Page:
According to a report by the Aberdeen Group, 10 billion B2B transactions are processed in the United States annually. As the B2B industry is rapidly growing, this number is expected to rise significantly. However, over 60% of businesses still process these transactions by hand. Shifting your payment process from a paper-based manual process to an automated electronic payment method can drastically reduce the costs associated with making payment, as well as significantly improve processing time.
Going paperless and streamlining your payment process works to improve back office processes. In turn, this can also improve cash flow, as money flows in and out of accounts more efficiently, with reduced risks for manual errors.
Here we take a look at the differences between paper and electronic payment methods. While it may seem overly simplistic to list out the steps, it’s important to identify which processes are wasting valuable paid time and costly resources. Then, we’ll show how automating this process can considerably improve your back office operations.
The Paper Method
Receiving the Bill
1) Pick Up and Open Mail
A staff member has to wait for the mail to be delivered, sort through and separate the mail and then open the bill. This method subjects bills to environmental factors such as delays in mail processing, substitute carriers, and weather events that impact the speed with which the bills are delivered.
2) Process and Post Bills
After opening the mail, the bills need to be manually processed. Once reviewed, the bills are then posted to the appropriate account.
3) Send Report to Approver
Once posted, the bill has to get sent to the approver. The physical bill then has to be manually transported from one department to another, in order for the approver to review the bill.
4) Review with Approver and Coordinate with Vendor
An approver reviews the bill and makes arrangements with the vendor to make payment.
Paying the Bill
5) Cut Checks
After a bill is approved, a staff member then has to cut a check complete with signature for the amount on the invoice.
6) Stuff and Mail Checks
Once the check is cut, it then has to be folded and stuffed into an envelope, addressed, receive postage, and then placed for postal pick-up.
7) Coordinate with Vendor
The vendor awaits for the arrival of their check, opens the envelope, signs the check, and submits the check to the bank to make the deposit.
8) Reconcile Bank Accounts
After the check is cashed (a processes that can take up to a few days), both companies need to reconcile the transaction with their accounts. The vendor needs to check to make sure the payment matches the invoice while the payee needs to make sure that the amount in the books was the amount drawn out of the bank account.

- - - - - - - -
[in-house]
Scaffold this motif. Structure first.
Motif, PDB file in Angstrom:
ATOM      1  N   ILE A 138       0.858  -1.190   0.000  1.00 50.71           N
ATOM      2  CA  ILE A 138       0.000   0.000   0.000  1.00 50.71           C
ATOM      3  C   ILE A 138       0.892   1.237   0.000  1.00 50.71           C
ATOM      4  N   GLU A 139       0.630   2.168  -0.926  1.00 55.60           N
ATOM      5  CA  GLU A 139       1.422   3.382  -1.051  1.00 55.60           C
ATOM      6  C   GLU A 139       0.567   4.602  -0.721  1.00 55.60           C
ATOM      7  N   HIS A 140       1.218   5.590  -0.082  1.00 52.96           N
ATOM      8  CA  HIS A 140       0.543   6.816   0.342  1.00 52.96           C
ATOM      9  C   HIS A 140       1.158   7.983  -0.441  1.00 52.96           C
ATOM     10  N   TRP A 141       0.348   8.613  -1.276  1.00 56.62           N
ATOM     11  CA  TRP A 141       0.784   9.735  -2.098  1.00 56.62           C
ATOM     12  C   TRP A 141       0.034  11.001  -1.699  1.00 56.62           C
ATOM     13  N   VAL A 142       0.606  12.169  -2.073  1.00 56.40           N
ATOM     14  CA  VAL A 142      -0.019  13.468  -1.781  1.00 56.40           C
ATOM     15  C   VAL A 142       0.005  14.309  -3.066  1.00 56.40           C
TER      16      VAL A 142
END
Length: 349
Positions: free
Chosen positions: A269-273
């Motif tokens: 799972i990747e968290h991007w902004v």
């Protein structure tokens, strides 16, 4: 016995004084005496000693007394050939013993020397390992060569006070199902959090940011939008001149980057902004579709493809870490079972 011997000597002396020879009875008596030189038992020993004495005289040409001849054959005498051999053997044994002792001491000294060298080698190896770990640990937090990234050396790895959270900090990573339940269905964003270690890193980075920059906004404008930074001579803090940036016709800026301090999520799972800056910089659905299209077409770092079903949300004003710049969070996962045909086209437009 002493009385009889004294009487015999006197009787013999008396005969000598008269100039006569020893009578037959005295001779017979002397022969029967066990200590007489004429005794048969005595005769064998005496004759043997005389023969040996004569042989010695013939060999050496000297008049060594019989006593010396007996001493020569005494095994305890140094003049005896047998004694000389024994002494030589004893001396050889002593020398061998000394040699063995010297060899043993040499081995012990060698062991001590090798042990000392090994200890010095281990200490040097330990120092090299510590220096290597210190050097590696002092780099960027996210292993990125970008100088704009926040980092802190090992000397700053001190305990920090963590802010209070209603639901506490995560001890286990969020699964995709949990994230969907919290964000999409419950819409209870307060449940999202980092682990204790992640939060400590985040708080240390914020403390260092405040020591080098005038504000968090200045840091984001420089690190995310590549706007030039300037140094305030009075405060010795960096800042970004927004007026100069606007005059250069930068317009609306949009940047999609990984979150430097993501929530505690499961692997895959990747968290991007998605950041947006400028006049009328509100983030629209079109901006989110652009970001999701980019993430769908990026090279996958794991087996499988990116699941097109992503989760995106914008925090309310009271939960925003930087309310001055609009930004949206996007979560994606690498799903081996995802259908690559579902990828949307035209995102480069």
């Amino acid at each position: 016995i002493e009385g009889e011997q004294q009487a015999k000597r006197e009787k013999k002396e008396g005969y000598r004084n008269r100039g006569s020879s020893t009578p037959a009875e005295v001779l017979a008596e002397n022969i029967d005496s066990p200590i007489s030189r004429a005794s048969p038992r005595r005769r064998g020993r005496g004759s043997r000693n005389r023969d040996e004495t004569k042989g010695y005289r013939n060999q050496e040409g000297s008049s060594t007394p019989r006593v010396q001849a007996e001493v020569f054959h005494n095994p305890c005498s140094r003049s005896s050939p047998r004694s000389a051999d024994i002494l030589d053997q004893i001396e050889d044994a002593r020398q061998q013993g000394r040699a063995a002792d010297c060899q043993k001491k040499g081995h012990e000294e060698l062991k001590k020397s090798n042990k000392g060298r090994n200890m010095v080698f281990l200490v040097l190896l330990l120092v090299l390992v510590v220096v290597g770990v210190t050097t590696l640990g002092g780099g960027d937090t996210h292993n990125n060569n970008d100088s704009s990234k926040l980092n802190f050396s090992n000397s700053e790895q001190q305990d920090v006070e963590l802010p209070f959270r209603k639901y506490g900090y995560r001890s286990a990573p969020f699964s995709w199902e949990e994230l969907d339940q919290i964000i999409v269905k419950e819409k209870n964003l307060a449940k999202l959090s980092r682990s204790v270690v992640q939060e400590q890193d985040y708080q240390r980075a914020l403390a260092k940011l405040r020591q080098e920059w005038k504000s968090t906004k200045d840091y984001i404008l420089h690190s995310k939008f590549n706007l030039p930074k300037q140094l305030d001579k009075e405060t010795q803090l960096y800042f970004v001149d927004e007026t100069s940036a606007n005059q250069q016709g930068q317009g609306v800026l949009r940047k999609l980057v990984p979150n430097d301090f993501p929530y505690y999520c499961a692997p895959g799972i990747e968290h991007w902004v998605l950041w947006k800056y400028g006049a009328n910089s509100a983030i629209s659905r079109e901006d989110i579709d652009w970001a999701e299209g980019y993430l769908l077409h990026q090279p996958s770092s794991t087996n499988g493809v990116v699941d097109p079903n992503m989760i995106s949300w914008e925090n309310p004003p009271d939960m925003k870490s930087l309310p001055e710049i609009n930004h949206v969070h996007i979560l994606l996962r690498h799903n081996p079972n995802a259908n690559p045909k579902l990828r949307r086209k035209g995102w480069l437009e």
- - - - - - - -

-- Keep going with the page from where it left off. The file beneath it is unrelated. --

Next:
The Electronic Method
Utilizing an electronic payment system, you can reduce the amount of steps per transaction down to four. These steps are:
1) Bills Are Delivered Electronically
Bills and invoices are emailed directly to the inbox of the person (or persons) in charge of Accounts Payable.
2) The Bill is Coded and Routed for Approval
Once the bill is received, staff can code the bill for the corresponding account and then send it off to the staff person in charge of payment approval.
3) Payment is Approved
Without having to wait for a paper memo to be printed and delivered by hand, the digital bill, complete with coding, is sent as soon as it is coded to the appropriate person for approval. Once reviewed, the bill can be either approved or sent back to correct for errors.
4) Payment is Made Electronically
Once the bill is approved, funds are withdrawn from the appropriate account and sent digitally to the payee. This eliminates the need for cutting a check, mailing, and then waiting for the payee to open the check, sign the check, and then deposit the check while factoring in time for bank processing.
In fact, GrowthForce no longer mail checks out of our office – all of our clients are using our online bill payment system. Each week, our clients log in from any computer, even from their iPad, to review their bills to be paid. If they have questions, they click on the bill and are able to open and view the related documents before paying. And since GrowthForce uses Bill.com, it automatically updates their QuickBooks file and their online bank account with each sync. Automating your payment processes now will add up to less paper, less storage, less fraud risk and equal more time and resources for your business.